• A lot of vegetable beef soup recipes have tomato juice but I’ve always found them to be more like minestrone (or tomato soup even) than what I want in a VBS. I want to taste the beef and all of the other vegetables and too much tomato can be overpowering.
  • If you can plan ahead, this soup is even better the next day. Cool to room temperature then refrigerate until ready to serve. Reheat on the stove (try not to let it get toooo hot when reheating – just to the temp you want to eat it at).
Classic Vegetable Beef Soup - A tried-and-true recipe with tender chunks of beef in a thick, savory stock and all your favorite vegetables.
vegetable beef, soup, traditional, classic, homestyle, homemade, chuck, steak, stew meat, canned, bullion, best, how to, tender, campbells, thick, chunky, gravy
main dish, soup, supper
Yield: 10 Servings
Author: Mandy Rivers | South Your Mouth
Classic Vegetable Beef Soup

Classic Vegetable Beef Soup

A tried-and-true recipe with tender chunks of beef in a thick, savory stock and all your favorite vegetables.

Ingredients

  • 3 lbs. beef chuck or stew meat
  • 6 tablespoons olive oil, divided
  • 2 cups diced carrots
  • 2 cups diced celery
  • 1 large onion, diced
  • 1/4 cup flour (optional – see notes)
  • 3 cups beef broth
  • 4 beef bullion cubes
  • 1 teaspoon garlic powder
  • 1 teaspoon Italian seasoning
  • 1/2 teaspoon dried thyme
  • 1/2 teaspoon pepper
  • 2 14-oz cans petite diced tomatoes
  • 1 14-oz can baby lima beans
  • 1 14-oz can corn
  • 1 14-oz can cut green beans
  • 3 cups diced peeled potatoes
  • 1 teaspoon salt
  • 1 tablespoon sugar (optional – see notes)

Instructions

  1. Cut beef into small cubes then season well with salt and pepper to taste.
  2. Drizzle olive oil in the bottom of a soup pot or dutch oven then heat on high (just enough oil to coat the bottom of the pot). Sear beef in 2-3 batches (do not overcrowd the pan) over high heat until nicely browned. Remove beef to a bowl then set aside.
  3. Add 4 tablespoons olive oil, carrots, celery and onion to the pot then cook over medium heat for 5 minutes. Mix in flour (if using) then continue cooking for an additional 5 minutes.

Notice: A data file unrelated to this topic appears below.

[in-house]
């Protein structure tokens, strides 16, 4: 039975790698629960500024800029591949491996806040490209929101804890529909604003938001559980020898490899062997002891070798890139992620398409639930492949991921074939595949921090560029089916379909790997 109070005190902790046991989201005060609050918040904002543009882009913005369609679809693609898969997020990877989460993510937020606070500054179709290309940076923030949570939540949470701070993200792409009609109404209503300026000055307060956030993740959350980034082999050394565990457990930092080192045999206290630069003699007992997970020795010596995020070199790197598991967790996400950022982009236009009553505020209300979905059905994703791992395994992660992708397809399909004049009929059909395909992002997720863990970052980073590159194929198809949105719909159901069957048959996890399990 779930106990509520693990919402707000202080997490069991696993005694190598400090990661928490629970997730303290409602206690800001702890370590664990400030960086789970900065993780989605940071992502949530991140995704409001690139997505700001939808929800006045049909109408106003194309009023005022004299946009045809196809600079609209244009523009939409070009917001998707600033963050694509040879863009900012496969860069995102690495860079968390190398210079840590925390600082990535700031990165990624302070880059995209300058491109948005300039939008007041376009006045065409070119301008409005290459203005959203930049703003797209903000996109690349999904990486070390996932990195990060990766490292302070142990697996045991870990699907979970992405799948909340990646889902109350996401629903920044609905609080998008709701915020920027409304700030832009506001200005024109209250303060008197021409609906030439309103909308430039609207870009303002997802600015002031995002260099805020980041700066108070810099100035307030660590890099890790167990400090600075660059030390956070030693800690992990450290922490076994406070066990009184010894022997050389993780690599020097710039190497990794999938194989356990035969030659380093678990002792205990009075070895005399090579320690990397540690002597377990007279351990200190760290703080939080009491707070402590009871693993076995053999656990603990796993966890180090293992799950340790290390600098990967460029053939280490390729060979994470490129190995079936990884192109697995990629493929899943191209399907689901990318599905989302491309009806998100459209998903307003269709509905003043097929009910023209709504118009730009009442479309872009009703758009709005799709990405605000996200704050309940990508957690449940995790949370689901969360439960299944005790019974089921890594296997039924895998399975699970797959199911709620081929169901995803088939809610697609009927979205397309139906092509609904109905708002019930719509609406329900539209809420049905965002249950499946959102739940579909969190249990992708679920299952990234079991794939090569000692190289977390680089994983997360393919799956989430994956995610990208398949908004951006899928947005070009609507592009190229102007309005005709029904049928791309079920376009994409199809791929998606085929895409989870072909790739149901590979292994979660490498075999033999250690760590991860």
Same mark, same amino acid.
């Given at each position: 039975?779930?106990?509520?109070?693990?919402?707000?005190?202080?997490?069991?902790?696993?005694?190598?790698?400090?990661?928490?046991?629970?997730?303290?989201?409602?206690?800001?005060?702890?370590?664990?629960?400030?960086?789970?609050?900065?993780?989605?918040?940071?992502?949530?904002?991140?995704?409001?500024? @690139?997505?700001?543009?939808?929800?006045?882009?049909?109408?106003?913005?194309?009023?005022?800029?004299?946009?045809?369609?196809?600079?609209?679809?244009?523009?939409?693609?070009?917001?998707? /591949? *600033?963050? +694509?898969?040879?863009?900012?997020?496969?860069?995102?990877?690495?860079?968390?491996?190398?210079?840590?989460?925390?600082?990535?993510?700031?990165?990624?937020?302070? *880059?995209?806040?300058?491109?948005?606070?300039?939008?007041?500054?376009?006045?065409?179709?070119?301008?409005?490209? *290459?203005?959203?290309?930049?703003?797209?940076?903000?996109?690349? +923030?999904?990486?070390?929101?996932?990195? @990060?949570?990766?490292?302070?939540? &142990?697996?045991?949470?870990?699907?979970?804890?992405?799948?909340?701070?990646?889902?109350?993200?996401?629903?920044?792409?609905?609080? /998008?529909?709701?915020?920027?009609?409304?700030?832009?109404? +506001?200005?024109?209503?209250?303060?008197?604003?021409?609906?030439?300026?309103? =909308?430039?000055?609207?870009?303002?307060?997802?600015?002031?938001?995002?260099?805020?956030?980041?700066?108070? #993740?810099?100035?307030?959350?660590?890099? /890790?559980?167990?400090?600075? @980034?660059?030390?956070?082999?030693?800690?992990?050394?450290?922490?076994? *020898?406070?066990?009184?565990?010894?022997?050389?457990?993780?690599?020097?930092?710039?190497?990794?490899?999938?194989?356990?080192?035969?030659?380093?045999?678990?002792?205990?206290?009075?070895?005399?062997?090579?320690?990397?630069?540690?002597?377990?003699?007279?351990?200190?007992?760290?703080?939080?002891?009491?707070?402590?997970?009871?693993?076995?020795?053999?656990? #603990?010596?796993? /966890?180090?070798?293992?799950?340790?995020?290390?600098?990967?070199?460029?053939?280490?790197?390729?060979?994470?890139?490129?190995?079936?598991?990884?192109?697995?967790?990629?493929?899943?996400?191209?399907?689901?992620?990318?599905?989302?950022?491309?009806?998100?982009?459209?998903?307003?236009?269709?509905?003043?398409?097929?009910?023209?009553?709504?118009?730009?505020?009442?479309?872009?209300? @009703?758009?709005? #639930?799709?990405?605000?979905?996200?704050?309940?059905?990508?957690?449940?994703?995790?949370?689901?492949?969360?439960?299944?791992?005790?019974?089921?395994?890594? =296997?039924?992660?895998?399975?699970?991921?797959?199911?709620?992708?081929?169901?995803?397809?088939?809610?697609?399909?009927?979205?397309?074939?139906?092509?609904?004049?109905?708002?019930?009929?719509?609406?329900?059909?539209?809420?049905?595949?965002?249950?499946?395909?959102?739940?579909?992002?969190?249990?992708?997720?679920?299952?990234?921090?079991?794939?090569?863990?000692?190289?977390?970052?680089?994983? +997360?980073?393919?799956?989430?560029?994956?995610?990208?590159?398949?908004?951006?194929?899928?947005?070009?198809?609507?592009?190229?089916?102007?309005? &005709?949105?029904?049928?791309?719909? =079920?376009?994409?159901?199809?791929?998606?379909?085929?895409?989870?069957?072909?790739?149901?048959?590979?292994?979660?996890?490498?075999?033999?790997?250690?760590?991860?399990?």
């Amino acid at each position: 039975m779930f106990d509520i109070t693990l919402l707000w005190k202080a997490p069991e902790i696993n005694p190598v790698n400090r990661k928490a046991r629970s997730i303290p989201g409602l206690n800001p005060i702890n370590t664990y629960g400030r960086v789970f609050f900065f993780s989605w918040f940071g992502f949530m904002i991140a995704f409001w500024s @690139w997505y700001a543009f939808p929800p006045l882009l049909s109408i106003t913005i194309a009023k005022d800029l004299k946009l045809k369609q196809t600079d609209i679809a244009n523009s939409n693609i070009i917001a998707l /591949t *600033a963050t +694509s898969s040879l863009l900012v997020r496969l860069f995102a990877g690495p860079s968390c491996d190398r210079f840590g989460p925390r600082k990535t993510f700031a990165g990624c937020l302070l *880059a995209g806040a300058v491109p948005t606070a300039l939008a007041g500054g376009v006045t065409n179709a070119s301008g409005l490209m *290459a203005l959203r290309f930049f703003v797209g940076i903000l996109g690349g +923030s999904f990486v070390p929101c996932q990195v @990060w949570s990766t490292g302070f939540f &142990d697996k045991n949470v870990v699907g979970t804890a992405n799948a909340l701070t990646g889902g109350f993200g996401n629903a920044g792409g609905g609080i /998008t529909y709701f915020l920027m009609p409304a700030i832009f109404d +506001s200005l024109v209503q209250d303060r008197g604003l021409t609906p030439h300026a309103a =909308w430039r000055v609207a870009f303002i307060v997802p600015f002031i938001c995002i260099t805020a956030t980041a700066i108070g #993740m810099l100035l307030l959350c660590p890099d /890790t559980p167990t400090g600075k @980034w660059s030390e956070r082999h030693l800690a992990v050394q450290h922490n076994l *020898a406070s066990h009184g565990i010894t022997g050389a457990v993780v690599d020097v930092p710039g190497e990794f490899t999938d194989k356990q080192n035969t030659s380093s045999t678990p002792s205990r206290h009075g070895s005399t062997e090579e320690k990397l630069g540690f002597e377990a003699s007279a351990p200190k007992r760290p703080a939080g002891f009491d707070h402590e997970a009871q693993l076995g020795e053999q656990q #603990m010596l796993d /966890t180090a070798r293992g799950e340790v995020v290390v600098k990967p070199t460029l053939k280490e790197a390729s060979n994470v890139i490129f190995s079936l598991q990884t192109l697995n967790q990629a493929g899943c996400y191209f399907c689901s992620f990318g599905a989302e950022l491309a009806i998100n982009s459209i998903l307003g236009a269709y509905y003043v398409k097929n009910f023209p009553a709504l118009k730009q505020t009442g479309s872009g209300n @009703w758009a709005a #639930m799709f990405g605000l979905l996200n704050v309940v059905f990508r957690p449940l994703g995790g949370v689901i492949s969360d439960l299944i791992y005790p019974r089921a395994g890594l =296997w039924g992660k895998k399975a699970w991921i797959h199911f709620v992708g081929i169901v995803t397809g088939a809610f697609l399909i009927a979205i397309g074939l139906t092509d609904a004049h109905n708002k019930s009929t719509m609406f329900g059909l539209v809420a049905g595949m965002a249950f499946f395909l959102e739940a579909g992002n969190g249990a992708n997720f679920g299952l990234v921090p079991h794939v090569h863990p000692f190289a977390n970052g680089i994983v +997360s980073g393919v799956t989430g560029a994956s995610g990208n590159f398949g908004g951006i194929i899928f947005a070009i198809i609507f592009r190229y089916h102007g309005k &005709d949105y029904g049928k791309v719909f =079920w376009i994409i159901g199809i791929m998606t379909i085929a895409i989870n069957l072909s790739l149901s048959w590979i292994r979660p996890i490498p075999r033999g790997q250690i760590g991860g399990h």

4. Add broth, bullion cubes, garlic, Italian seasoning, thyme, pepper, all canned vegetables (undrained, with juices) and seared beef.
  5. Reduce heat to low, cover, then cook for 2 hours or until beef is very tender. DO NOT let the soup come to a full, rolling boil.
  6. Add potatoes and salt, then continue cooking for 20-30 minutes or until potatoes are tender.
  7. Taste for seasoning then add more salt and/or spices to taste if desired.
  8. Stir in sugar, remove from heat then let rest, uncovered, for at least 30 minutes.

Notes:

  • Add or omit vegetables per your preference.
  • If you prefer frozen vegetables, feel free to use them but you will need to add additional beef broth or water.
  • The flour is used to thicken the soup slightly but is entirely optional. 
  • Adding the salt later in the recipe (with the potatoes) prevents the beans and corn from getting tough.
  • The sugar is used to balance the acidic taste from the canned tomatoes – it will not make the soup taste sweet. We add it at after the potatoes have cooked to prevent them from soaking up the sugar. 
  • I buy a 4-cup carton of beef broth then keep the extra cup on-hand to add if needed. The age and variety of the potatoes will impact how much broth they absorb.
  • If you can plan ahead, this soup is even better the next day. Cool to room temperature then refrigerate until ready to serve. Reheat on the stove (try not to let it get toooo hot when reheating – just to the temp you want to eat it at).
Did you make this recipe?
Tag @SouthYourMouth on instagram and hashtag it #southyourmouth
Classic Vegetable Beef Soup - A tried-and-true recipe with tender chunks of beef in a thick, savory stock and all your favorite vegetables.
Keep up with my latest shenanigans by following South Your Mouth!


No comments:

Post a Comment

Hi there! While I’m not able to respond to every comment, I try hard to answer any questions that haven’t been addressed in the post, recipe or in other comments.

I can tell you now 1) I have no idea if you can substitute Minute Rice or brown rice in my recipes because I’ve never used them and 2) If I know how to convert a recipe to a Crock Pot version, I will make a note about it (otherwise, I don’t know).

And though I may not respond to them all, I do read each and every comment and I LOVE to hear from you guys! Thanks, y’all! - Mandy